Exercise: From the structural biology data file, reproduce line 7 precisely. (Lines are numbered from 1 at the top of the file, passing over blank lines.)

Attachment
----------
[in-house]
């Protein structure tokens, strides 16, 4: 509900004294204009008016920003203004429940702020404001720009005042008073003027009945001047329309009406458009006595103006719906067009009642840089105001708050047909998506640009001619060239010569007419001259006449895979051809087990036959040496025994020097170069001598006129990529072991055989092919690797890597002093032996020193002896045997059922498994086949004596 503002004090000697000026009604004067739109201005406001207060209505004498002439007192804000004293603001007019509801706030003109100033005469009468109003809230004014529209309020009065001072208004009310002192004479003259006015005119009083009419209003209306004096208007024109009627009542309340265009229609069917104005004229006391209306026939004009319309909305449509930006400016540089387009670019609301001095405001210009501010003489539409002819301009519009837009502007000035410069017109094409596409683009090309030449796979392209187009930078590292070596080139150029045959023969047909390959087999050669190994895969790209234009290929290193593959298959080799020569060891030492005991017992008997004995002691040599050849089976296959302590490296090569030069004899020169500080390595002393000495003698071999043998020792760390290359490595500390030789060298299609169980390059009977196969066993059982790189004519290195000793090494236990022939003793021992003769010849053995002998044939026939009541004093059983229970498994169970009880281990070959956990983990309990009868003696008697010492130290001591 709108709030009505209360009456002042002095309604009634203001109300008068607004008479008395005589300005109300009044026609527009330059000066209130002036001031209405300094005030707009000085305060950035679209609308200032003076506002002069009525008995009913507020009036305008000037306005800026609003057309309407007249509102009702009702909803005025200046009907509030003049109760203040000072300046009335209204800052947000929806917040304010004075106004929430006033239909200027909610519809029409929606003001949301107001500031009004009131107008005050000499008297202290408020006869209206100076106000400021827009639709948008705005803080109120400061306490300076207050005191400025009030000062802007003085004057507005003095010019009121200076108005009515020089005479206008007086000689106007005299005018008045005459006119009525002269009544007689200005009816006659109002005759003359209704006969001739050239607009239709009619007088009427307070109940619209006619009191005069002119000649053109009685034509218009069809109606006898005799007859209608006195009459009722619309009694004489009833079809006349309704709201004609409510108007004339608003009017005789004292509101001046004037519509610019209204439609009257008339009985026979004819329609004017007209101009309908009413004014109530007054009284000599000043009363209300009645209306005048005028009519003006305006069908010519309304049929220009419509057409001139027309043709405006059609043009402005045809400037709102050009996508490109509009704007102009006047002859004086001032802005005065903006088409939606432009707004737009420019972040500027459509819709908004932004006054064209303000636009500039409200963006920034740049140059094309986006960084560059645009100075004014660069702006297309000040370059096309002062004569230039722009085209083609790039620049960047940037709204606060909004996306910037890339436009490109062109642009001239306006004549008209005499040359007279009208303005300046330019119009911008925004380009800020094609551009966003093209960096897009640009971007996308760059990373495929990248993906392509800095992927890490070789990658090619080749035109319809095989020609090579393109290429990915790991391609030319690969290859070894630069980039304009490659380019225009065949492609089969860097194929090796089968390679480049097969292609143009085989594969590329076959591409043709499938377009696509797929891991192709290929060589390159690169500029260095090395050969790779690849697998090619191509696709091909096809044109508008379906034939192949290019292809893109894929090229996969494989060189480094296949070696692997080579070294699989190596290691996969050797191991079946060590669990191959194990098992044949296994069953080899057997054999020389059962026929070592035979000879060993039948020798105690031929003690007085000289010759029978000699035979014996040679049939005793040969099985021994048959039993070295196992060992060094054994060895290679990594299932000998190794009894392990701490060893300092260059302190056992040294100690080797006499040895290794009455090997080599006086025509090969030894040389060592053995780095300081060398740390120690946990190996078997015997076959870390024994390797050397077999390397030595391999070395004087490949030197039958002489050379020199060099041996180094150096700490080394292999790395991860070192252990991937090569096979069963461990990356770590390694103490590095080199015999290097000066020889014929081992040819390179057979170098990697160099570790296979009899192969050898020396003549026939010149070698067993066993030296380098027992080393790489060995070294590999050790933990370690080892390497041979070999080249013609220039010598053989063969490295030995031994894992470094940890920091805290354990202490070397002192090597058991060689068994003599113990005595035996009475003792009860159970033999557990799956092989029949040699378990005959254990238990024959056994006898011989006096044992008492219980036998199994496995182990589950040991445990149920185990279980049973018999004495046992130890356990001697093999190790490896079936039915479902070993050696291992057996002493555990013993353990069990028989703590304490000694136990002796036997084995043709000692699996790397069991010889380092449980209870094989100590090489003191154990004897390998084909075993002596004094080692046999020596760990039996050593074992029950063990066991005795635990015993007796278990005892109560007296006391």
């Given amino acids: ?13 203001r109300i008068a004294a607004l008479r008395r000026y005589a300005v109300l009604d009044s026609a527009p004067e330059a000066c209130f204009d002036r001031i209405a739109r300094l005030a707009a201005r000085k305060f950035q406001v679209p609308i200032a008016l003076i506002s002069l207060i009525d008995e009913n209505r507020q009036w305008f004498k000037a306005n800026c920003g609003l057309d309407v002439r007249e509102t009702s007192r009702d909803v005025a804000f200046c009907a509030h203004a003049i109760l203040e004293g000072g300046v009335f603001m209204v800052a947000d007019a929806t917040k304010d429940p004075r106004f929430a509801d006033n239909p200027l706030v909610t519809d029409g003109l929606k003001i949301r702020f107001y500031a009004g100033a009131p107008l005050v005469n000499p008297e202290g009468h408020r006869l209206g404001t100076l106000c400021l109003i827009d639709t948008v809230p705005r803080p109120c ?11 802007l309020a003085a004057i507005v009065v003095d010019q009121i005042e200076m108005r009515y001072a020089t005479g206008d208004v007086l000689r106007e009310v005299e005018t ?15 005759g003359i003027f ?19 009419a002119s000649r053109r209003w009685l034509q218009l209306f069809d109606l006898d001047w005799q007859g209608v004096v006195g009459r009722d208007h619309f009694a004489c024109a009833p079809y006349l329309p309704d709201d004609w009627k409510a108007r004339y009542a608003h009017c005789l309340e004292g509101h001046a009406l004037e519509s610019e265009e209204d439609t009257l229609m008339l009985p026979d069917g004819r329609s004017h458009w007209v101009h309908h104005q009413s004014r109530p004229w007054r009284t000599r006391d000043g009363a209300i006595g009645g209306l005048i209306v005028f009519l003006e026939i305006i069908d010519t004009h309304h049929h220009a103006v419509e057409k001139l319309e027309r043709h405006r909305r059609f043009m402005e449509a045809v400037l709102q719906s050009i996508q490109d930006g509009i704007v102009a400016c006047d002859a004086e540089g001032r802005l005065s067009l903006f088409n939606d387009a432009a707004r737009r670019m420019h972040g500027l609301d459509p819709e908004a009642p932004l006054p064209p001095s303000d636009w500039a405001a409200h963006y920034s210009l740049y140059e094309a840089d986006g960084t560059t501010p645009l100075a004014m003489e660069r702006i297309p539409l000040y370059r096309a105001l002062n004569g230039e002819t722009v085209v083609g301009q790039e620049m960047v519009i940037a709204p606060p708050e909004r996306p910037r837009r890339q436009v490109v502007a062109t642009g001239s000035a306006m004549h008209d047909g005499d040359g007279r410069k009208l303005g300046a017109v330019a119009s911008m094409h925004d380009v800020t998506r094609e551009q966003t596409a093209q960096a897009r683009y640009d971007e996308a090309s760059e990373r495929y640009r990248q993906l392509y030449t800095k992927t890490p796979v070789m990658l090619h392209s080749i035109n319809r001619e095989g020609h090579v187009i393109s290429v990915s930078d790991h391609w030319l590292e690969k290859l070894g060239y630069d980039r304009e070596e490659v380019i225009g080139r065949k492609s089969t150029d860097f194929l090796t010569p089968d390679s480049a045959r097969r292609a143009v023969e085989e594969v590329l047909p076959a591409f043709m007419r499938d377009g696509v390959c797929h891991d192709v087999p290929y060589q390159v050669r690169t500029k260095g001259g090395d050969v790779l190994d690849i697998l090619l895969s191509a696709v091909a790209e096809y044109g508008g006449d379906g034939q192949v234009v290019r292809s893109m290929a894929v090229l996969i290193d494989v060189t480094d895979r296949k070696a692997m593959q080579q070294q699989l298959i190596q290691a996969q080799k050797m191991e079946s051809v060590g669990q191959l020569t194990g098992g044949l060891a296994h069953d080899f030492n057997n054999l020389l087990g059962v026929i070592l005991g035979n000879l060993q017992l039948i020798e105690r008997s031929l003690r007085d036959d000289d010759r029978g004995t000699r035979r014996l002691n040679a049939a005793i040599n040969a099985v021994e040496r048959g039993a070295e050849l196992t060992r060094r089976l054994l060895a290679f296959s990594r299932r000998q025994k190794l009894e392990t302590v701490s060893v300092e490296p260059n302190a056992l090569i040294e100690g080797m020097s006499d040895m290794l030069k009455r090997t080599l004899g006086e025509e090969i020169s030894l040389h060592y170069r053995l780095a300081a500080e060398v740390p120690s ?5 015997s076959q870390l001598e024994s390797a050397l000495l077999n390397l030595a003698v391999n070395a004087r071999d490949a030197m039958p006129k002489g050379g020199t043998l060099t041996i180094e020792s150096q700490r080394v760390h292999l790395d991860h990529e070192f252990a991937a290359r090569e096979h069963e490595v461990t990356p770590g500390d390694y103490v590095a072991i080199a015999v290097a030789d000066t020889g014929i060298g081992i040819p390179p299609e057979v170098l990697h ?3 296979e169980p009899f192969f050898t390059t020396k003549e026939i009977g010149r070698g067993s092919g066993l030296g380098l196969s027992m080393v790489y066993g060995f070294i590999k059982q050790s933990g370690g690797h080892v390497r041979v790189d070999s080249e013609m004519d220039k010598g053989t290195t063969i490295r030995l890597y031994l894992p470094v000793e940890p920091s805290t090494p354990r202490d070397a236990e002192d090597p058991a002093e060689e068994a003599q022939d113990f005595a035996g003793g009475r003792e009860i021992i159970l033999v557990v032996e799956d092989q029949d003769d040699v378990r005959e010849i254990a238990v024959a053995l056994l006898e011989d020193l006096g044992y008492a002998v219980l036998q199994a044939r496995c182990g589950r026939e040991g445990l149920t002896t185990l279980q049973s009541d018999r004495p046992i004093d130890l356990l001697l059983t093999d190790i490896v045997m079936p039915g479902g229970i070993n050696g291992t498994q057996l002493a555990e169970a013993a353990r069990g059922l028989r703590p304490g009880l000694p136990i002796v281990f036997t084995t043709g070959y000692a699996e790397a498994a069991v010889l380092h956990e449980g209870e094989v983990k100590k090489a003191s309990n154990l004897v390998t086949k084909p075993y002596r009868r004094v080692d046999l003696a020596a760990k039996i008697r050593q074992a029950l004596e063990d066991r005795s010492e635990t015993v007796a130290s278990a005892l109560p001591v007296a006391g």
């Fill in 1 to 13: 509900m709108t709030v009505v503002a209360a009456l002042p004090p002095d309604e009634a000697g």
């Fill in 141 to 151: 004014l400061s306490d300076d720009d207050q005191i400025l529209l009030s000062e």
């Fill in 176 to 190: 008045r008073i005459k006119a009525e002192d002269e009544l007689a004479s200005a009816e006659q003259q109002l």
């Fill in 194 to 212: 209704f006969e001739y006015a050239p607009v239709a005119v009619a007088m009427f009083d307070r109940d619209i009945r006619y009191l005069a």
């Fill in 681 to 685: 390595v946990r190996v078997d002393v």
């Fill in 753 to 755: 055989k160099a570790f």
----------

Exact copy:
């Fill in 194 to 212: 209704f006969e001739y006015a050239p607009v239709a005119v009619a007088m009427f009083d307070r109940d619209i009945r006619y009191l005069a």